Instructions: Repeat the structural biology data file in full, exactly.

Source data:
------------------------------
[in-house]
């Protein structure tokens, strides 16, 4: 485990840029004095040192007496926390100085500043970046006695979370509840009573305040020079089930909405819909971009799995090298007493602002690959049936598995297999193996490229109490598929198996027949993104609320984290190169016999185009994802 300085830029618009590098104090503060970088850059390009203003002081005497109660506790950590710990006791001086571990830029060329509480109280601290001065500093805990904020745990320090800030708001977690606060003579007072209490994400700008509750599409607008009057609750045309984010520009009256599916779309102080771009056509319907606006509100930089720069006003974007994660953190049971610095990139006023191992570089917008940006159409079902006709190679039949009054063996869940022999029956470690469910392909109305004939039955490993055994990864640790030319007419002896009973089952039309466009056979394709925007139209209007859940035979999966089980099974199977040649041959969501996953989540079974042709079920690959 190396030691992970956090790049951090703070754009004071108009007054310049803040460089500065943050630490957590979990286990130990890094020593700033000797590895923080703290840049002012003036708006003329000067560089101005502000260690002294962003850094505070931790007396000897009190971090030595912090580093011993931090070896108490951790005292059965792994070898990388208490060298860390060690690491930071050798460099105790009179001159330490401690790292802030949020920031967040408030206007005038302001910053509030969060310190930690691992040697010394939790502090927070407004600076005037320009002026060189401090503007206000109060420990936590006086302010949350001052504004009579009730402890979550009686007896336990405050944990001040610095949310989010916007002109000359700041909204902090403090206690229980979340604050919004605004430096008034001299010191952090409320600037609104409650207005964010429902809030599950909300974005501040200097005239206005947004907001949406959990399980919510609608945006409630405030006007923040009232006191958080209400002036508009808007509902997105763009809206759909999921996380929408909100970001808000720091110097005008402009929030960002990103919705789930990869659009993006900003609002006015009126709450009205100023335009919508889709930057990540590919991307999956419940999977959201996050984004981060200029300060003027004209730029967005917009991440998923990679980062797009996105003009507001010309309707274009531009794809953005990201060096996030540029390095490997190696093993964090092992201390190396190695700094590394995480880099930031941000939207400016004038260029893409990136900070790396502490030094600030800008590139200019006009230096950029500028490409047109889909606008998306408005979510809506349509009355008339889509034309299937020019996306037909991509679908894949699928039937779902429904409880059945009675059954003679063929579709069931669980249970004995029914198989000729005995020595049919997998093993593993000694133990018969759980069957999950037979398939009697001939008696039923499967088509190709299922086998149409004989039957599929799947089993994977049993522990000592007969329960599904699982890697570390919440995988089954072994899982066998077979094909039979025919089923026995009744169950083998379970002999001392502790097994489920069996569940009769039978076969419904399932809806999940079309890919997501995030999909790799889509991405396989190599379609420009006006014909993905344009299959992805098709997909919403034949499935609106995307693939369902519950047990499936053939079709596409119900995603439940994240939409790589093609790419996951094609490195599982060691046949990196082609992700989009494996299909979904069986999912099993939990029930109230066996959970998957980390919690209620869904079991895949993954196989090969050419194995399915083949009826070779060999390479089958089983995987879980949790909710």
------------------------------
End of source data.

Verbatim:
[in-house]
């Protein structure tokens, strides 16, 4: 485990840029004095040192007496926390100085500043970046006695979370509840009573305040020079089930909405819909971009799995090298007493602002690959049936598995297999193996490229109490598929198996027949993104609320984290190169016999185009994802 300085830029618009590098104090503060970088850059390009203003002081005497109660506790950590710990006791001086571990830029060329509480109280601290001065500093805990904020745990320090800030708001977690606060003579007072209490994400700008509750599409607008009057609750045309984010520009009256599916779309102080771009056509319907606006509100930089720069006003974007994660953190049971610095990139006023191992570089917008940006159409079902006709190679039949009054063996869940022999029956470690469910392909109305004939039955490993055994990864640790030319007419002896009973089952039309466009056979394709925007139209209007859940035979999966089980099974199977040649041959969501996953989540079974042709079920690959 190396030691992970956090790049951090703070754009004071108009007054310049803040460089500065943050630490957590979990286990130990890094020593700033000797590895923080703290840049002012003036708006003329000067560089101005502000260690002294962003850094505070931790007396000897009190971090030595912090580093011993931090070896108490951790005292059965792994070898990388208490060298860390060690690491930071050798460099105790009179001159330490401690790292802030949020920031967040408030206007005038302001910053509030969060310190930690691992040697010394939790502090927070407004600076005037320009002026060189401090503007206000109060420990936590006086302010949350001052504004009579009730402890979550009686007896336990405050944990001040610095949310989010916007002109000359700041909204902090403090206690229980979340604050919004605004430096008034001299010191952090409320600037609104409650207005964010429902809030599950909300974005501040200097005239206005947004907001949406959990399980919510609608945006409630405030006007923040009232006191958080209400002036508009808007509902997105763009809206759909999921996380929408909100970001808000720091110097005008402009929030960002990103919705789930990869659009993006900003609002006015009126709450009205100023335009919508889709930057990540590919991307999956419940999977959201996050984004981060200029300060003027004209730029967005917009991440998923990679980062797009996105003009507001010309309707274009531009794809953005990201060096996030540029390095490997190696093993964090092992201390190396190695700094590394995480880099930031941000939207400016004038260029893409990136900070790396502490030094600030800008590139200019006009230096950029500028490409047109889909606008998306408005979510809506349509009355008339889509034309299937020019996306037909991509679908894949699928039937779902429904409880059945009675059954003679063929579709069931669980249970004995029914198989000729005995020595049919997998093993593993000694133990018969759980069957999950037979398939009697001939008696039923499967088509190709299922086998149409004989039957599929799947089993994977049993522990000592007969329960599904699982890697570390919440995988089954072994899982066998077979094909039979025919089923026995009744169950083998379970002999001392502790097994489920069996569940009769039978076969419904399932809806999940079309890919997501995030999909790799889509991405396989190599379609420009006006014909993905344009299959992805098709997909919403034949499935609106995307693939369902519950047990499936053939079709596409119900995603439940994240939409790589093609790419996951094609490195599982060691046949990196082609992700989009494996299909979904069986999912099993939990029930109230066996959970998957980390919690209620869904079991895949993954196989090969050419194995399915083949009826070779060999390479089958089983995987879980949790909710």